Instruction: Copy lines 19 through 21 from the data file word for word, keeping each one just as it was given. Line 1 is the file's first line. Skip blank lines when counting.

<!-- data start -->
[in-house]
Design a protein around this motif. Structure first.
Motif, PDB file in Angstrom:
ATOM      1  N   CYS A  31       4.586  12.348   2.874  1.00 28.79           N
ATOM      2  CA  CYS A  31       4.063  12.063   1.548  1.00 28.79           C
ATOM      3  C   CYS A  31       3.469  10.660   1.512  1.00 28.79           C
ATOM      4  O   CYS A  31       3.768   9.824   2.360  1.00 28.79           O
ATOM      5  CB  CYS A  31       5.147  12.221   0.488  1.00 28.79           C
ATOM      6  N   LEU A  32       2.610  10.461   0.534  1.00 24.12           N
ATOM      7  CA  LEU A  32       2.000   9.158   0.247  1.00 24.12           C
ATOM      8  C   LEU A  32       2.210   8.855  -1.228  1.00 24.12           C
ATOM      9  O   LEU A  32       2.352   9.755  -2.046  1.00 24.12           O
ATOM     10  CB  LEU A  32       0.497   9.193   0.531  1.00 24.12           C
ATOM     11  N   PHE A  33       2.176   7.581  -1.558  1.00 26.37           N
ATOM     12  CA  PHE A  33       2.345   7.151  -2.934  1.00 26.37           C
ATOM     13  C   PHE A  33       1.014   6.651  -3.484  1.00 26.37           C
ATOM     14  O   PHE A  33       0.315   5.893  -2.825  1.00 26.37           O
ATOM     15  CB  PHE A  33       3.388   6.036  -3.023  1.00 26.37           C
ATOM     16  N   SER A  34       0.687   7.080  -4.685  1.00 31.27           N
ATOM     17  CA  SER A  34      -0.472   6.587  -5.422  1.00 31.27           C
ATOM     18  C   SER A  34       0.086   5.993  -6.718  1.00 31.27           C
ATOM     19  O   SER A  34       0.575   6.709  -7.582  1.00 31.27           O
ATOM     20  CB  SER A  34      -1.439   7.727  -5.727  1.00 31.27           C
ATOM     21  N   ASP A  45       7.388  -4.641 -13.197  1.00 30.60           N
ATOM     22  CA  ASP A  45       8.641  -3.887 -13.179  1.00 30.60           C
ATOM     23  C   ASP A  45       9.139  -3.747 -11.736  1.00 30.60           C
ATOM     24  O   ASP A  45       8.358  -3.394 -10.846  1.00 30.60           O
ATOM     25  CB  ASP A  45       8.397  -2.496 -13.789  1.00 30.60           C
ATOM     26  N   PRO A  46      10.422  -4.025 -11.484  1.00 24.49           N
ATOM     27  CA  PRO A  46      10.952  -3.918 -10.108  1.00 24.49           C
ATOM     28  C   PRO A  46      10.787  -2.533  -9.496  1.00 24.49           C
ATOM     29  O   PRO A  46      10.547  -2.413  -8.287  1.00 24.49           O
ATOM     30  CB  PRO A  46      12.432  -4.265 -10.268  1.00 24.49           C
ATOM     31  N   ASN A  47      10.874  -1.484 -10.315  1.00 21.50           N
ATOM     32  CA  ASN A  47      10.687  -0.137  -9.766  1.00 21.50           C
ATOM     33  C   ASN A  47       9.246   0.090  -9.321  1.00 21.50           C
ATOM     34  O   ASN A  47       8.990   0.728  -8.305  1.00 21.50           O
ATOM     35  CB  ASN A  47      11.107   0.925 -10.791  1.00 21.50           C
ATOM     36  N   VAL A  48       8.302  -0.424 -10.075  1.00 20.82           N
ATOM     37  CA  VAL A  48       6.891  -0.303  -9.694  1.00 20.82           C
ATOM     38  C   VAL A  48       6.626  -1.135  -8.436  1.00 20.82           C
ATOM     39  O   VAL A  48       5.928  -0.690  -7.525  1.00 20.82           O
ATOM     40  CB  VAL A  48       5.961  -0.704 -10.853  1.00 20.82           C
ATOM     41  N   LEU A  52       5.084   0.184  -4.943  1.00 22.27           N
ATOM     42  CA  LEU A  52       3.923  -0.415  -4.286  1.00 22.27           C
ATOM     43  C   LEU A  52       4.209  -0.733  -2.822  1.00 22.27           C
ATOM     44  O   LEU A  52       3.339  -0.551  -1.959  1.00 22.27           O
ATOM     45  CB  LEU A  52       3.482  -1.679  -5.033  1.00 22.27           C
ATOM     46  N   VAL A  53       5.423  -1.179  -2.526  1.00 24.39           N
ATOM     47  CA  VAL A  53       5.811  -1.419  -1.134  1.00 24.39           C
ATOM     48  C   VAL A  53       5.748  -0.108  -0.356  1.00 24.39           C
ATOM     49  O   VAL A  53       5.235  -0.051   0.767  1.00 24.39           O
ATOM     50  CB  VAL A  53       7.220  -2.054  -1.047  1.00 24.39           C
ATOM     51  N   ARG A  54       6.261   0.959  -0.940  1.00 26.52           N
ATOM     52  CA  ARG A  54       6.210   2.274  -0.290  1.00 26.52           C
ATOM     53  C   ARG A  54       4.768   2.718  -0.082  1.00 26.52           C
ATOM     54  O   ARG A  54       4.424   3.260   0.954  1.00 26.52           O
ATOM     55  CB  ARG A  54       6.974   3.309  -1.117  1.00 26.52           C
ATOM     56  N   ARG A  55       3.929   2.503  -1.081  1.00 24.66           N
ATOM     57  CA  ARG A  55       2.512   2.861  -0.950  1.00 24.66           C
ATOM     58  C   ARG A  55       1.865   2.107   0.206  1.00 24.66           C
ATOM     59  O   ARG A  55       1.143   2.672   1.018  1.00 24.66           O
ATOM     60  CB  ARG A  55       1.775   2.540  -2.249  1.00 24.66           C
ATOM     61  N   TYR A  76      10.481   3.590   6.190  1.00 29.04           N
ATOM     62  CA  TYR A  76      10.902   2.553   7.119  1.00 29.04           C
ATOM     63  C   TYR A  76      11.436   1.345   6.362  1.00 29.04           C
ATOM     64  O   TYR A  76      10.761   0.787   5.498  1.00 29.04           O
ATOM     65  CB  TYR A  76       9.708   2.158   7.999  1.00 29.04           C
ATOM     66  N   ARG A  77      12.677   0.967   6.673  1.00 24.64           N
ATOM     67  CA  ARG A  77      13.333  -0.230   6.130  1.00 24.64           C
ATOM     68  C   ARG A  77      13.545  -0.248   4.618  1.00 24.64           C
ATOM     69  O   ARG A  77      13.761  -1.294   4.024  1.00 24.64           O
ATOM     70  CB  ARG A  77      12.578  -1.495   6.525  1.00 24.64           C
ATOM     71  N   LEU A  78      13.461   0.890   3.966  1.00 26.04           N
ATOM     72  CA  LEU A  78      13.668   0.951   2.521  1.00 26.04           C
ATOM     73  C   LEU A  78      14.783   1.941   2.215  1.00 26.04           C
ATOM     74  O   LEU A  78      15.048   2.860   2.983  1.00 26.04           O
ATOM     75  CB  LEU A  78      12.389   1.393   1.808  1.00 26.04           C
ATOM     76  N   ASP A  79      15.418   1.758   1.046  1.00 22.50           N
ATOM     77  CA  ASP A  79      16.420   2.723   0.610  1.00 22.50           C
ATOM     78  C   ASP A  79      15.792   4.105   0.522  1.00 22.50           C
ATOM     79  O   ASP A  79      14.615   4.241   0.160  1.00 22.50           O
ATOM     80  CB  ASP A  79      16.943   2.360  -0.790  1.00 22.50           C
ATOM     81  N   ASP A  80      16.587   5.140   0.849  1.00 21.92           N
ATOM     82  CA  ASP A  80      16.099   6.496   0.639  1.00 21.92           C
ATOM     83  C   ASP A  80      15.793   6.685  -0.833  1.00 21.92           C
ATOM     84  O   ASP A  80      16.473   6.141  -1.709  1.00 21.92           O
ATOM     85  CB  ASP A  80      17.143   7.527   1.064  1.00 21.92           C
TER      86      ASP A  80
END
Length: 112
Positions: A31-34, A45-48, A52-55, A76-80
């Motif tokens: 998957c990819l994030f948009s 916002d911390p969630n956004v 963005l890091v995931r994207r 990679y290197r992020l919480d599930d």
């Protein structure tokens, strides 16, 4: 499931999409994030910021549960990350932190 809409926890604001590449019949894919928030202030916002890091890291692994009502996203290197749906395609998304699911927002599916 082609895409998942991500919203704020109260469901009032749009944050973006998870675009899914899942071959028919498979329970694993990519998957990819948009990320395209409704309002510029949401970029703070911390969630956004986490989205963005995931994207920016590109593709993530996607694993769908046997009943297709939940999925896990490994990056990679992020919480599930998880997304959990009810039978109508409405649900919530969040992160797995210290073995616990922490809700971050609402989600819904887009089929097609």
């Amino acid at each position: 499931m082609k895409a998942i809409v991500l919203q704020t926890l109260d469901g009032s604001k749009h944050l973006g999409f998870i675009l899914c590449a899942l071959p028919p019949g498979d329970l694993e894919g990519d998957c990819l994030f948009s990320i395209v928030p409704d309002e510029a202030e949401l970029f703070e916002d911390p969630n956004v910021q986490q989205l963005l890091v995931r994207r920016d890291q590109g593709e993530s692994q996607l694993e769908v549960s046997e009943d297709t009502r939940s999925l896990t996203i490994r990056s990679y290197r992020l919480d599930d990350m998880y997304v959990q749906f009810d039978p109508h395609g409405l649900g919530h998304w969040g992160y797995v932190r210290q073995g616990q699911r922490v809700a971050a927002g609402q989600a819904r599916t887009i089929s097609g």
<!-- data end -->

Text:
ATOM     16  N   SER A  34       0.687   7.080  -4.685  1.00 31.27           N
ATOM     17  CA  SER A  34      -0.472   6.587  -5.422  1.00 31.27           C
ATOM     18  C   SER A  34       0.086   5.993  -6.718  1.00 31.27           C